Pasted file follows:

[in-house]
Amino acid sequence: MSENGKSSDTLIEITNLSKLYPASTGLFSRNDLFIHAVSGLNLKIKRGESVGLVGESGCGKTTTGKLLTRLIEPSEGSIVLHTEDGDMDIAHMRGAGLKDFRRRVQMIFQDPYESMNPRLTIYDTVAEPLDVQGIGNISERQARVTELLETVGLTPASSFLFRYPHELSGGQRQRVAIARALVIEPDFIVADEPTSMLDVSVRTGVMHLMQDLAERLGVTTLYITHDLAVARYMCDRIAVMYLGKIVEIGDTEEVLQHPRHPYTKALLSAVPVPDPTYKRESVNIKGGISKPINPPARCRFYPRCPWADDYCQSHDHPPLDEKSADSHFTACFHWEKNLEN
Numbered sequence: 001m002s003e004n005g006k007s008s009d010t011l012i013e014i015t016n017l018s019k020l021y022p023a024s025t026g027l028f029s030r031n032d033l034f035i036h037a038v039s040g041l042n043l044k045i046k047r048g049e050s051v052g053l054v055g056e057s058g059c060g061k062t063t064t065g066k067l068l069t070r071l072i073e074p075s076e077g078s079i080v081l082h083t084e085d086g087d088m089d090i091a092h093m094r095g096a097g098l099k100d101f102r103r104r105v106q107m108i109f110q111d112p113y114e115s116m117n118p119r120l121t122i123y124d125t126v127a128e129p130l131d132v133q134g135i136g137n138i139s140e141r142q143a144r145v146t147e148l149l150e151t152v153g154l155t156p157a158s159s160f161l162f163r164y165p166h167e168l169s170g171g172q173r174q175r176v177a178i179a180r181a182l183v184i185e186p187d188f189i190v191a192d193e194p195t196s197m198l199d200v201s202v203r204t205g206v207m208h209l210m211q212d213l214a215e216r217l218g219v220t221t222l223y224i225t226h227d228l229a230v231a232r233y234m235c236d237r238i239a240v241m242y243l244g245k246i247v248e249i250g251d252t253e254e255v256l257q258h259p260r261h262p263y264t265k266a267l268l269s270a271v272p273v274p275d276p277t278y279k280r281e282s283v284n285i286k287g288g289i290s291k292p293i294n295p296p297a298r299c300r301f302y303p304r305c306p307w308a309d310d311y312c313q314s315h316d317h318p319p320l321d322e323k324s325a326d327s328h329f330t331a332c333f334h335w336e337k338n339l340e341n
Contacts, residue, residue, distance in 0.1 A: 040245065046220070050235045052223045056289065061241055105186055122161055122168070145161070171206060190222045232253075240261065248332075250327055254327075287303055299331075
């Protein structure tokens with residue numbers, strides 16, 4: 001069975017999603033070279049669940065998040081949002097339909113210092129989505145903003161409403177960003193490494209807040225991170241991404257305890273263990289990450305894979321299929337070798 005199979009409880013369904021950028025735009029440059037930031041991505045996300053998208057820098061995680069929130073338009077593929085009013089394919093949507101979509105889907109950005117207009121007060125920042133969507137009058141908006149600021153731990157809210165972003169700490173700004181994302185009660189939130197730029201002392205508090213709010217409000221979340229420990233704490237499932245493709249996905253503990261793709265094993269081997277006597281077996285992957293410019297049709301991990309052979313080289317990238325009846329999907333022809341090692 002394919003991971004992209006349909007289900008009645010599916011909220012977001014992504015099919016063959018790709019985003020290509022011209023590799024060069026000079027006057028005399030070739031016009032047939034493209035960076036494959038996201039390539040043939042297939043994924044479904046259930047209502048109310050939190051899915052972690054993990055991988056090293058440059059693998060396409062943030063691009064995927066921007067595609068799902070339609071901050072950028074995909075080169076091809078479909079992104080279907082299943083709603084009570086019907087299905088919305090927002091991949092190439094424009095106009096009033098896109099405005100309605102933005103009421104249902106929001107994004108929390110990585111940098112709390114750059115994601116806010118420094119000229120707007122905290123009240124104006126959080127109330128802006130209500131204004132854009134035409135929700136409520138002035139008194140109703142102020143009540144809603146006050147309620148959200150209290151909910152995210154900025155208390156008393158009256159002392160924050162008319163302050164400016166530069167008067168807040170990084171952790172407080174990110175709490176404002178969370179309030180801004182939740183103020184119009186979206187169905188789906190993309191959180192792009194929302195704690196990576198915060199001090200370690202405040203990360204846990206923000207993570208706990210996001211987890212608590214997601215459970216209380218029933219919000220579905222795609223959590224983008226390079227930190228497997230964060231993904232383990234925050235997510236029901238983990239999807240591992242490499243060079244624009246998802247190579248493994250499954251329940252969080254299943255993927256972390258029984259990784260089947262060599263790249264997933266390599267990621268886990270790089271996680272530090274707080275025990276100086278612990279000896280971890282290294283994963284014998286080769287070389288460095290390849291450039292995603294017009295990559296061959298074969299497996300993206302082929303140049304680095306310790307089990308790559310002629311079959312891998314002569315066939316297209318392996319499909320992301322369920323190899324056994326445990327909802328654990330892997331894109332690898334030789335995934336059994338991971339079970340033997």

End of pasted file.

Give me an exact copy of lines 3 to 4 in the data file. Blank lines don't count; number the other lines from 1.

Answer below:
Numbered sequence: 001m002s003e004n005g006k007s008s009d010t011l012i013e014i015t016n017l018s019k020l021y022p023a024s025t026g027l028f029s030r031n032d033l034f035i036h037a038v039s040g041l042n043l044k045i046k047r048g049e050s051v052g053l054v055g056e057s058g059c060g061k062t063t064t065g066k067l068l069t070r071l072i073e074p075s076e077g078s079i080v081l082h083t084e085d086g087d088m089d090i091a092h093m094r095g096a097g098l099k100d101f102r103r104r105v106q107m108i109f110q111d112p113y114e115s116m117n118p119r120l121t122i123y124d125t126v127a128e129p130l131d132v133q134g135i136g137n138i139s140e141r142q143a144r145v146t147e148l149l150e151t152v153g154l155t156p157a158s159s160f161l162f163r164y165p166h167e168l169s170g171g172q173r174q175r176v177a178i179a180r181a182l183v184i185e186p187d188f189i190v191a192d193e194p195t196s197m198l199d200v201s202v203r204t205g206v207m208h209l210m211q212d213l214a215e216r217l218g219v220t221t222l223y224i225t226h227d228l229a230v231a232r233y234m235c236d237r238i239a240v241m242y243l244g245k246i247v248e249i250g251d252t253e254e255v256l257q258h259p260r261h262p263y264t265k266a267l268l269s270a271v272p273v274p275d276p277t278y279k280r281e282s283v284n285i286k287g288g289i290s291k292p293i294n295p296p297a298r299c300r301f302y303p304r305c306p307w308a309d310d311y312c313q314s315h316d317h318p319p320l321d322e323k324s325a326d327s328h329f330t331a332c333f334h335w336e337k338n339l340e341n
Contacts, residue, residue, distance in 0.1 A: 040245065046220070050235045052223045056289065061241055105186055122161055122168070145161070171206060190222045232253075240261065248332075250327055254327075287303055299331075